Use of Web tools for teaching: blogs, wikis, podcasting and other web 2.0 tools

eLearning, Universities 0 29

The web is, and always has been, an exciting place for education in terms of the possibilities it offers for research and collaboration. Now, it is even more exciting, with the appearance and development of new tools which have become collectively known as Web 2.0.

Dr Hiran Amrasekera delivered a presenation on this subject on 27 March 2007 at 2.30 pm at Forestry Auditorium, University of Sri Jayewardenepura, Nugegoda, Sri Lanka.

Topics discussed at this presentation were: introduction to eLearning, introduction to new WWW (web 2.0), tools for developing and delivering online learning: Static and dynamic content web sites, Virtual Learning Environments, RSS feeds, Blogging, Photo Sharing, Podcasts, Webcasts, Video Blogging, Wikis, Social Bookmarking.

Some terms discussed at this presenation:
Blog – Short for web log, or online journal. It is a website that contains diary- type written material, links or photos being posted all the time, usually by one individual, on a personal basis
Some of our blogs:
Environmentlanka blog by Hiran Amaraskera
Blog of Forestry students at University of Sri Jayewardnepuera
Research papers presented at Forestry and Enviornment symposium 2005

e-learning 2.0
– combines the use of tools and web services – such as blogs, wikis, and other social software (so called web 2.0 software) – to support the creation of learning communities.

Folksonomies (or social tags) – A mechanism to allow authors to highlight other similar content to a reader, using informal, keyword tags; particularly effective for sharing bookmarks.
Our social tags at http://del.icio.us/

M-learning – learning distributed to mobile devices such as cell phones or PDAs.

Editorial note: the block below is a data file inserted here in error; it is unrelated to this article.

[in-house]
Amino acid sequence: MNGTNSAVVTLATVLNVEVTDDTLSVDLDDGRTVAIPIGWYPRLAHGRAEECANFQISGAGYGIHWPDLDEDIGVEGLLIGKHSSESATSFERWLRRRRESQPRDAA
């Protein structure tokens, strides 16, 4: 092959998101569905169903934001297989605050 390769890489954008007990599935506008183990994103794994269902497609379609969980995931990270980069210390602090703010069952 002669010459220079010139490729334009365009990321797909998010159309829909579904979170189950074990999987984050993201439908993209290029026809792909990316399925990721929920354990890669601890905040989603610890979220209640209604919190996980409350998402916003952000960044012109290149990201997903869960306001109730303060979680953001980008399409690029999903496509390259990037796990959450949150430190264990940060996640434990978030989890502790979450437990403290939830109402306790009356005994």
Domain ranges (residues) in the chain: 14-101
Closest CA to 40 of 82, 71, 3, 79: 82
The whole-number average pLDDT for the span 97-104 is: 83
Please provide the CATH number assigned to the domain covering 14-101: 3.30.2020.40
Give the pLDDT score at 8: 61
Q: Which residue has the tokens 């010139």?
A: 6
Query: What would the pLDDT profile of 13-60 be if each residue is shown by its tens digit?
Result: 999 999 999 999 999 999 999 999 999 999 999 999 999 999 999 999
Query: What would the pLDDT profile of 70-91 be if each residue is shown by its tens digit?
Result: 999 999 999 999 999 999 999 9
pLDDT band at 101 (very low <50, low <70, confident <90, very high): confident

Our mLearning site at studentlanka

Photo sharing – Share your photos with others online.
Our photosharing site at Flickr

Podcast – This is an audio recording that you can subscribe or download and listen to on a computer or an mp3 player. It takes its name from the iPod – but you don’t actually need an iPod to either make or listen to a podcast. There are lots of educational podcasts freely available.

RSS feeds – Usually taken to stand for Really Simple Syndication, RSS is what makes it possible to subscribe to podcasts and blogs. We use search engines to find informaiton. But, with RSS, we are training the information to find us.

VLE (Virtual learning environment) – software which allows teachers to track students’ progress, manage course content, and so on.

Web 2.0 – There’s some debate about exactly what it means! Until recently the world wide web has been seen pretty much as a static publishing medium, now it has become a participatory platform with blogs, wikis and other tools. Hence it is not not merely another way in publishig, but anyone can contribute to an ongoing “conversation” in which knowledge is both discovered and constructed as it goes on.

Wiki – A web page that can be edited in situ by anybody who has been granted access to it. This is a great tool for collaboration of information in teaching.

Follow this link to access these ten best web sites for students and teachers.

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